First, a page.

Fouad Belkacem's lawyer, John Maes, arrives at the main courthouse in Antwerp, Belgium on Monday, September 29, 2014.
Fouad Belkacem's lawyer, John Maes, arrives at the main courthouse in Antwerp, Belgium on Monday, September 29, 2014.

Europe's top human rights court ruled on Thursday that online videos considered by a Belgian court to be extremist hate speech were not protected under free-speech provisions.

Fouad Belkacem, a Belgian national is currently imprisoned for his activities as the head of Sharia4Belgium, an organisation banned for recruiting foreign fighters to participate in militant activities in the Middle East.

The European Court of Human Rights evaluated Belkacem's argument that his remarks in a series of videos on online platform YouTube fell within his freedoms of expression and religion and were not meant to incite violence.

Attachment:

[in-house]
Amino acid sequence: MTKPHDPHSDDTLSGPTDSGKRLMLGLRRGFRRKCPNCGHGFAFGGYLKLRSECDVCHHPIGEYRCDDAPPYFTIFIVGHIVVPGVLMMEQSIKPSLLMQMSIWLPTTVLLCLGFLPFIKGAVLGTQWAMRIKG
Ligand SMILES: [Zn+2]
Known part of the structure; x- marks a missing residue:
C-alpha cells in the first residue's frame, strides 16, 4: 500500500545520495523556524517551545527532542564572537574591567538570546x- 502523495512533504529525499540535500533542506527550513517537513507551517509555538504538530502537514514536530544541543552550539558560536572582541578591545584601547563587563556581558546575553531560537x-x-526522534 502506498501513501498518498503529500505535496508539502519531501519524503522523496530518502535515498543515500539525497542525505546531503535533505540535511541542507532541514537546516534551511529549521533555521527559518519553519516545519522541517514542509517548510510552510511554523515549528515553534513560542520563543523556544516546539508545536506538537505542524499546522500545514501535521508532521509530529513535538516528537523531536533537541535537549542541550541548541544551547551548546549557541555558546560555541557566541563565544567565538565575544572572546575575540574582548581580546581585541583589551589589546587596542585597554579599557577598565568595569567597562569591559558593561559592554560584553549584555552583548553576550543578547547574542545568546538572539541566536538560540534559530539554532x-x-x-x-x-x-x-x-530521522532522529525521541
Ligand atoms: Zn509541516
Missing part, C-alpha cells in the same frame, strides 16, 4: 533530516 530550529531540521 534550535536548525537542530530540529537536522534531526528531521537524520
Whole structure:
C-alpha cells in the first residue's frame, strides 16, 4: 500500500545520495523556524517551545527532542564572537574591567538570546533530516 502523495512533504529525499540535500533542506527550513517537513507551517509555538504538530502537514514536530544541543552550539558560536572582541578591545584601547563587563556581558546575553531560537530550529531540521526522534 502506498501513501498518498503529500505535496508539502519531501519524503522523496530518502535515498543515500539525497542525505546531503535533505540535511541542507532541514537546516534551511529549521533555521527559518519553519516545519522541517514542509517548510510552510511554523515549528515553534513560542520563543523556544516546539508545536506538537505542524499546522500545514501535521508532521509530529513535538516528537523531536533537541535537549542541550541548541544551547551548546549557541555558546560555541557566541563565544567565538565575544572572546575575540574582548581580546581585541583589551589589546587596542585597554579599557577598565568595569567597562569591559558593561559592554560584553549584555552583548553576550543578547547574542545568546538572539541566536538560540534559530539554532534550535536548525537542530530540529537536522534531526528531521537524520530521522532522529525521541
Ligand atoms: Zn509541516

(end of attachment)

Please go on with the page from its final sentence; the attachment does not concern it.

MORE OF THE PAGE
In the videos, Belkacem had called on viewers to "overpower non-Muslims, teach them a lesson and fight them," content the Court called "markedly hateful" and "vehement." He had also called for the violent establishment of Sharia law.

The ECHR upheld the 2013 decision of Belgium's top court, which found that, far from simply expressing his views, Belkacem had incited others to discriminate on the basis of faith and to commit violence against non-Muslims.

Belgium continues to grapple with a comparatively high number of nationals who have travelled to Syria and Iraq to join militant groups.

Stemming the tide

As more cases of online radicalisation and recruitment of European citizens emerge, the EU expects technology and social media companies to stem the tide.

In June, EU heads of state called for the industry to step up its efforts to police its own platforms.

Days later, Facebook, YouTube, Twitter and Microsoft responded with the announcement of a Global Internet Forum to Counter Terrorism, planning to research counter-speech possibilities, and share technical solutions in order to remove content faster.

Source: TRTWorld and agencies